9. My youngest boy is a special, and he thinks it is good, like any other job there are good and bad points. Just like the services if you show willing and get on with things then you get accepted and are valued. the boy has been in 4 years and generally works nights at the weekend policing the bar/night club quarter, plenty of agro with drunks etc just like on the telly, and he really enjoys himself. He has 2 commendations for things he has done, so allthough they dont get payed (most police forces are skint anyway) there is recognition for doing things right. Go for it mate, what have you got to loose.

    ps: sorry for writing war and peace, but there you are
  10. Agree with above ( from viewpoint of ex pc).

    Boot allowance. No pay, but:

    Doing something of value. You can do as much or as little as you want really. The ones who are respected are those who turn in for the late and night shifts at the weekend or for the football matches.

    If you turn up regularly for these shifts , you will pair up on a regular basis with someone who appreciates you being there who will train you ( not that you will need it being rmp but the paper chase after an arrest is always dire). The best way is to follow one shift so you get to know them and become a colleague rather than just a face. Choose the shift that contains reasonably evolved individuals. :)

    Not subject to the Police Disciplinary code ( someone serving needs to comment... it may have changed). Your torts looked after by the force, so no civil claims, unlike security guard.

    Most important thing:

    It says you give a fcuk. If the medical stuff prevents some employment, going in the specials looks good on a cv.

    Hope this helps.
  11. Fraid not MDP may be based in Garrisons but don't work them, Aldershot for example. Initially it would be AWE, Coulport or one of the gas stations (Bacton, Easington Peterhead)
  12. In Glasgow they've started to give them a grand if they do a certain number of shifts over the year. The idea that they get the mundane stuff seems to be gone as well - I know one special and they are actively encouraged to turn up for the Friday and Saturday night "rumble".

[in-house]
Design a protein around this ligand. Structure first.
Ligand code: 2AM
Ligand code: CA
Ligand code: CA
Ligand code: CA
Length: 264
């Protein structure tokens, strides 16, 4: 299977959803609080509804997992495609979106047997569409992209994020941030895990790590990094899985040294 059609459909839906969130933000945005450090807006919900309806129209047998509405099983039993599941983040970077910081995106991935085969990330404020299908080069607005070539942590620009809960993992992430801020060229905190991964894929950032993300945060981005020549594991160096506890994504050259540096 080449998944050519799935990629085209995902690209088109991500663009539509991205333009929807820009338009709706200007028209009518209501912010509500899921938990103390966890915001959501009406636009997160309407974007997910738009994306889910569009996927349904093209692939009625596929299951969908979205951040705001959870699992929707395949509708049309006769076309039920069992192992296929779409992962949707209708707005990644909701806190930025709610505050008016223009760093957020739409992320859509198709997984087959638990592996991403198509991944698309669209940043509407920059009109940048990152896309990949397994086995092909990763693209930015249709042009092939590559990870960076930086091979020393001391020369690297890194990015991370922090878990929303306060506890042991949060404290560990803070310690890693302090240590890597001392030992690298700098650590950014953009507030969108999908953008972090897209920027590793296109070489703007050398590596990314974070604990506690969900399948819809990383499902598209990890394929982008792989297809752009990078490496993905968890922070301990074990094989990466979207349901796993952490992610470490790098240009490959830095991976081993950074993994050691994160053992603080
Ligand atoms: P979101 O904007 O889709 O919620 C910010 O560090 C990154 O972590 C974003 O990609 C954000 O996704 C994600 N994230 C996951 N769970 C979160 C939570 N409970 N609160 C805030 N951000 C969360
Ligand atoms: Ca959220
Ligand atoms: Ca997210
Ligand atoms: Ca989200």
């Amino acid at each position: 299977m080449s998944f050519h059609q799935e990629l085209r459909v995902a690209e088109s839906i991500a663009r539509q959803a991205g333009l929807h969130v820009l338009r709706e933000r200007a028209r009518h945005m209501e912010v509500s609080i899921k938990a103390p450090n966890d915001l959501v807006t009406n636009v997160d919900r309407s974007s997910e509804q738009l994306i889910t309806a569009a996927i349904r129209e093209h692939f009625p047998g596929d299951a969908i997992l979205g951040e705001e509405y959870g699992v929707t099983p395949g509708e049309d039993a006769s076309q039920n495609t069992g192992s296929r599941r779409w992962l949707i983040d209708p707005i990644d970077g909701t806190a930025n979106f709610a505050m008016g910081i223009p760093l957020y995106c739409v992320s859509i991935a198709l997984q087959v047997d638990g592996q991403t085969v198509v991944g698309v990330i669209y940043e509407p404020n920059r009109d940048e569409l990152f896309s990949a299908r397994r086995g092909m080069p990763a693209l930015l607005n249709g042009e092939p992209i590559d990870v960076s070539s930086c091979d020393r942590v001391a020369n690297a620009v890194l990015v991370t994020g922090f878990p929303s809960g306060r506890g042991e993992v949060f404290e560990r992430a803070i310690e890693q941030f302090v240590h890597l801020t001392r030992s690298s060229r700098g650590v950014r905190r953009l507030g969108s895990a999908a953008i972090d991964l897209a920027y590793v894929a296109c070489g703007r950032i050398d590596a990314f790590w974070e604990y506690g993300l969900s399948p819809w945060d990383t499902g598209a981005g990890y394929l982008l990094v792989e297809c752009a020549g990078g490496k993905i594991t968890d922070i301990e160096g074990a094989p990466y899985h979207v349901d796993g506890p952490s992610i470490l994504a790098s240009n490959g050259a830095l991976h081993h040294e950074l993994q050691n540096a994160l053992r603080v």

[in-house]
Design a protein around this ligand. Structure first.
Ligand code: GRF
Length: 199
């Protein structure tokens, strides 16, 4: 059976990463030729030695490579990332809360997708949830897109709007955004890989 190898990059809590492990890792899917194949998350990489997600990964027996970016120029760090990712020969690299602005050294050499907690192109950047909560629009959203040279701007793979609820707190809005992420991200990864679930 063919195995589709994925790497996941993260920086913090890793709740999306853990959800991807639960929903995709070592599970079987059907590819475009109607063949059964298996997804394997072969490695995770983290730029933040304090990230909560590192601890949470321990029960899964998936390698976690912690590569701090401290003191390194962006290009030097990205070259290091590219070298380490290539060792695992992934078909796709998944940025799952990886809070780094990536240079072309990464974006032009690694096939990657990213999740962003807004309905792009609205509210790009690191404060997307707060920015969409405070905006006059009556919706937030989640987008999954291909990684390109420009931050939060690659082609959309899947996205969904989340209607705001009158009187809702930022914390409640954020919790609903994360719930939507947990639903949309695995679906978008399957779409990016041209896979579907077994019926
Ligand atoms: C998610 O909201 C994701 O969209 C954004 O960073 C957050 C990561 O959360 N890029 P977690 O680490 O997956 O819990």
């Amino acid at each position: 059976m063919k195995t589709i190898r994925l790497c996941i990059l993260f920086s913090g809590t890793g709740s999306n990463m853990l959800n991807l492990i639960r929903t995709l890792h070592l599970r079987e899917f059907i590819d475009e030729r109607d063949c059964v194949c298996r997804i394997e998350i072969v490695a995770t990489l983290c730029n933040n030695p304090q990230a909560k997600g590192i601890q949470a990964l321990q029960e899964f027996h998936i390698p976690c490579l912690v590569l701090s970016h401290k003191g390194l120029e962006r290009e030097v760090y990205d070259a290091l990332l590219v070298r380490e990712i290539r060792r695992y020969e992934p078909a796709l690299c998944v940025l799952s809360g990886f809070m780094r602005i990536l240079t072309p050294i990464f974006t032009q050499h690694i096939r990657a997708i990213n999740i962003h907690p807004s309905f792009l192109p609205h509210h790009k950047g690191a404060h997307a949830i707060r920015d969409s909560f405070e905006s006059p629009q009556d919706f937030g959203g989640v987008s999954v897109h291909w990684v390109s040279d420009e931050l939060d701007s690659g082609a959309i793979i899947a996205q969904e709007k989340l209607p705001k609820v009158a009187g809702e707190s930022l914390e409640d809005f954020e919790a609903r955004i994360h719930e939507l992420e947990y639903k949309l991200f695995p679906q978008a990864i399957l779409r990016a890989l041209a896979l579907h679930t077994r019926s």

The thing would annoy me is the idea that the community aren't really getting a higher level of cover - turn up regularly and all you do is encourage the local authority to trim the spend. Think of the money that gets spent on local government; only 20-25% of the spend is from your council tax, the rest comes from national government. You might think that your local authority is shit value for the 2k you pay in council tax. Actually they are shit value for that plus a massive wedge from Westminster. Policing is only £200 per head in most places. Secondary school places cost £5,500 per head in Scotland - over 150k per classroom, 30 on the teacher, a grand on heat, light and books, and the rest pissed up against the wall on promoted staff who have meetings and "behavioural management units" - Portacabins with six nutter kids running around being watched by six retired teachers.

    Putting free labour into that mix would annoy me. If often thought about the specials, but there's a lot to think about.
  13. I did a couple of years as a SC - really enjoyed it, started on the basic duties (traffic control at events, foot patrol, custody) and subsequently asked to join response shifts.

    Yes its unpaid apart from travelling expenses and boot allowance, but I found the experiences were worth the commitment.

    delinquent - PM inbound
  14. What not become a community support officer? Get paid £2000000000000 a year and not have the hassle of having to arrest anyone 8)
  15. I've never understood why the Police don't pay Specials the going rate for the hours they put in. Specials are, effectively, the Police version of the TA. Why not pay them as such? Is it down to lack of money?

    If I was getting paid for it, and some of the "sexier" jobs - like TSG :twisted: - were open, I might give it a shot!